MB: It was a fantastic quarter. The excitement that drove me and convinced Barrack executive chairman John Thornton, was this strategy of collecting the majority of the top-tier assets in the industry in one organization.
We at Randgold brought two, Barrick had three and another one in the form of Goldrush, or in fact two, Turquoise Ridge and Goldrush, and then Veladero, which has the chance to get there. With Nevada, we have four in, with the Nevada joint venture we now have four because we’ve moved Turquoise Ridge into tier one with the combination of Twin Creeks.
So we’re going to end up with more than half of the top 10 assets in the world.
And you combine that with great people, with Barrick undoubtedly having the best leadership team in the industry. They’re all young, they’re all in their 40s and younger — which is abnormal in this industry — and our mining engineers are in their 30s.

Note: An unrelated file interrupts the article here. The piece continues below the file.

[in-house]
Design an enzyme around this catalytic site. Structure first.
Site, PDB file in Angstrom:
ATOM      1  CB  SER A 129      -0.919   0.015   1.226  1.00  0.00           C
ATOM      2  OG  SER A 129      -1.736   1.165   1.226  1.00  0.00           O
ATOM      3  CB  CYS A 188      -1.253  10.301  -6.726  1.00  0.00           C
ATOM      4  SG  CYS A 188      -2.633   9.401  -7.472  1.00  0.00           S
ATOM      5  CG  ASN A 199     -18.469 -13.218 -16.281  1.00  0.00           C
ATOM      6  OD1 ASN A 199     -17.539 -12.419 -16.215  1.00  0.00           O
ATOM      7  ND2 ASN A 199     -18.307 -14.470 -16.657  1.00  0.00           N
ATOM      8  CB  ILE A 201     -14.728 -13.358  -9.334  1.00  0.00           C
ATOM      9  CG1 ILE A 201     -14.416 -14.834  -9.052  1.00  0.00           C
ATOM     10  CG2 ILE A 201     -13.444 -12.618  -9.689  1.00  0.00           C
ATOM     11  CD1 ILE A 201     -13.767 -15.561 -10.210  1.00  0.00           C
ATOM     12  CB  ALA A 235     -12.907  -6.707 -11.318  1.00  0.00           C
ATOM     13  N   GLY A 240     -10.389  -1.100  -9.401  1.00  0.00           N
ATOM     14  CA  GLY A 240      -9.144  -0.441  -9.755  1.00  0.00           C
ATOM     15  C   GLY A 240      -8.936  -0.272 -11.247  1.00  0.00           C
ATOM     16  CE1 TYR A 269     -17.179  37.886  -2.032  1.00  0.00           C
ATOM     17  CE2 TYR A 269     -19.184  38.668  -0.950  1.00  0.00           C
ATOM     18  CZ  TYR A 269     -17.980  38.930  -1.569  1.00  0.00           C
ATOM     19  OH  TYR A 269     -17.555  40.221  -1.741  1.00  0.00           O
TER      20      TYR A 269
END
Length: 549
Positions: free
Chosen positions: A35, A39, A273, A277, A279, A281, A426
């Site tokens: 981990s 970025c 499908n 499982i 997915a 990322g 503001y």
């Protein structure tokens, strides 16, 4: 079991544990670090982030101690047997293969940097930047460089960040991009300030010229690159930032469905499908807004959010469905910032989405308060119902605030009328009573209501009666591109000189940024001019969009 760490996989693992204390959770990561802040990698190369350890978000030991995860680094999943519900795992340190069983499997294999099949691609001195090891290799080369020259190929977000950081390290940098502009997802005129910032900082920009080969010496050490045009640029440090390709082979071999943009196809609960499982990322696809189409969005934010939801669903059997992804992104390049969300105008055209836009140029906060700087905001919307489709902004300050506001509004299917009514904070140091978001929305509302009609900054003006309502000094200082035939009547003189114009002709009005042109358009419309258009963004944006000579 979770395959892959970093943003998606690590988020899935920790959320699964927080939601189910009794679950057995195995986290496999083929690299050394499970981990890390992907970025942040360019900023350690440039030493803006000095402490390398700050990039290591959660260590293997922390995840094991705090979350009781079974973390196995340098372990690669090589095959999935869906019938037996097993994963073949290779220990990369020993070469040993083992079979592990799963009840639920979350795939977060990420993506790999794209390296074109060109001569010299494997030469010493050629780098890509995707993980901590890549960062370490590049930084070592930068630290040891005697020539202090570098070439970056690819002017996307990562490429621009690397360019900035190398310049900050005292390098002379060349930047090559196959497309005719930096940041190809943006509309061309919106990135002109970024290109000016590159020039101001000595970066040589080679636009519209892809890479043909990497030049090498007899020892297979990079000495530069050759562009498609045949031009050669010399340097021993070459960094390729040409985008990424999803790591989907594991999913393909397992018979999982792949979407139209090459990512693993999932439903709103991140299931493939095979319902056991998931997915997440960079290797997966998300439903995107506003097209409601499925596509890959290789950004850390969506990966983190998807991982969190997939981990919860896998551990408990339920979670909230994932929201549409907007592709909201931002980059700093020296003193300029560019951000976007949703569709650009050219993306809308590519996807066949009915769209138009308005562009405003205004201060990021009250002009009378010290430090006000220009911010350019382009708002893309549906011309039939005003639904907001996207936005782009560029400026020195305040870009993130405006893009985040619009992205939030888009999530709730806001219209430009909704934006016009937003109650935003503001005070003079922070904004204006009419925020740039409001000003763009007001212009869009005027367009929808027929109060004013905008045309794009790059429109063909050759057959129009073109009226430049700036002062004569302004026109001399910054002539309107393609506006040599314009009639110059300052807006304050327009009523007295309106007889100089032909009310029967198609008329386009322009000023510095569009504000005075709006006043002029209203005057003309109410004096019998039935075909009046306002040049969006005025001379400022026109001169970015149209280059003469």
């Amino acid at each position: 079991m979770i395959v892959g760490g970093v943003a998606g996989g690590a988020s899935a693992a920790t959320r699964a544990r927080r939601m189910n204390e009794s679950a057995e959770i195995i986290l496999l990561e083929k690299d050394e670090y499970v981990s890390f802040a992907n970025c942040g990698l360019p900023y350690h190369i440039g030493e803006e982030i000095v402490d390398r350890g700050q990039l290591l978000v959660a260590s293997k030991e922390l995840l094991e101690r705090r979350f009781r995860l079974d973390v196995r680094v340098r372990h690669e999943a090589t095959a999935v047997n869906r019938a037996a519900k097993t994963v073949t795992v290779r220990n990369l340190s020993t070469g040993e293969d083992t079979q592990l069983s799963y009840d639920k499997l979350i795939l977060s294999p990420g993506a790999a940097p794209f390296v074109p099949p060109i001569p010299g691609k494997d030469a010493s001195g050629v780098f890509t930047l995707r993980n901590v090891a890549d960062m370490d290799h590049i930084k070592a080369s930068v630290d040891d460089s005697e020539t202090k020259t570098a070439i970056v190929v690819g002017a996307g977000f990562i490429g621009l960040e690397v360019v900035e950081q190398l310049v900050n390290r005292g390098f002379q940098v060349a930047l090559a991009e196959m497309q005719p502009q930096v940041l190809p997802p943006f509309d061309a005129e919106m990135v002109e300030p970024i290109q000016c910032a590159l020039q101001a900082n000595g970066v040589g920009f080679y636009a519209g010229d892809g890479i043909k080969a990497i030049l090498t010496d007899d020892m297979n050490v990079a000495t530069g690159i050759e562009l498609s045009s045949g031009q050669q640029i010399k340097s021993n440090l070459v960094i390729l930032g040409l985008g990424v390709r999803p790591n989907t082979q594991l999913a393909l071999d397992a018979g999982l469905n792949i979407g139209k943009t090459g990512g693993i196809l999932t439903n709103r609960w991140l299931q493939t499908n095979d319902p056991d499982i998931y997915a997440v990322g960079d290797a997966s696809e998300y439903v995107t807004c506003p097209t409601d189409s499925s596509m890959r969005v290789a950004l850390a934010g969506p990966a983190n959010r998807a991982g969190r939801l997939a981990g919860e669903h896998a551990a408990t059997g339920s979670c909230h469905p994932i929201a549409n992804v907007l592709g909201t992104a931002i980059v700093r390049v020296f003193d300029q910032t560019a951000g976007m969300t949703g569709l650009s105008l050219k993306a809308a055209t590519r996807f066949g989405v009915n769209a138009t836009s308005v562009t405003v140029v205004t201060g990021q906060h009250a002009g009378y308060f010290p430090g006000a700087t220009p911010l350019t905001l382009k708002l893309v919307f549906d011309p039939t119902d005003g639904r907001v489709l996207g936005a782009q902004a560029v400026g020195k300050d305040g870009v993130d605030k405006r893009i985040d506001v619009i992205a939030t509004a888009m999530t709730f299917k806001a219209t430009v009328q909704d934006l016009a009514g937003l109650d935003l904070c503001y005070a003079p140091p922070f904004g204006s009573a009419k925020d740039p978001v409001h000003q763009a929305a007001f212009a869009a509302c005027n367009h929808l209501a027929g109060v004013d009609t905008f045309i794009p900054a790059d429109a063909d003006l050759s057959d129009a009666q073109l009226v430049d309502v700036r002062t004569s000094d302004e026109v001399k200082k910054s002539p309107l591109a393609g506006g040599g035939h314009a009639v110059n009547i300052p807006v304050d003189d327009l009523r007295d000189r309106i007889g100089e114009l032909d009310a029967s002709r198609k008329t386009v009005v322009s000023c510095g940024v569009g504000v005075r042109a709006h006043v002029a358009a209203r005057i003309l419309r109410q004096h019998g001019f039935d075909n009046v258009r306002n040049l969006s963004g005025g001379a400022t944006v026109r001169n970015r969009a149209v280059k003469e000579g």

You need that if you want to do automation because 50-year old engineers just … like me, I’m scared of automation, but my son is not.
And so when you combine the best assets with great people, there’s not much to do to deliver quality returns because it comes naturally.
You see the first sign of that in quarter one, but there are a lot of costs in there as we cleaned up the organization. I’ve got no doubt in the fullness of this year, you’ll see the real benefits coming of the reshaping of the organization and the focus on delivering profitability, high quality.
John Thornton, when he took over in 2015, he had US$12.5 billion of debt. That’s when I first met him, and I suggested to him that if he wants to fix this, he should probably employ a few people who know how to fix it, and have done it before.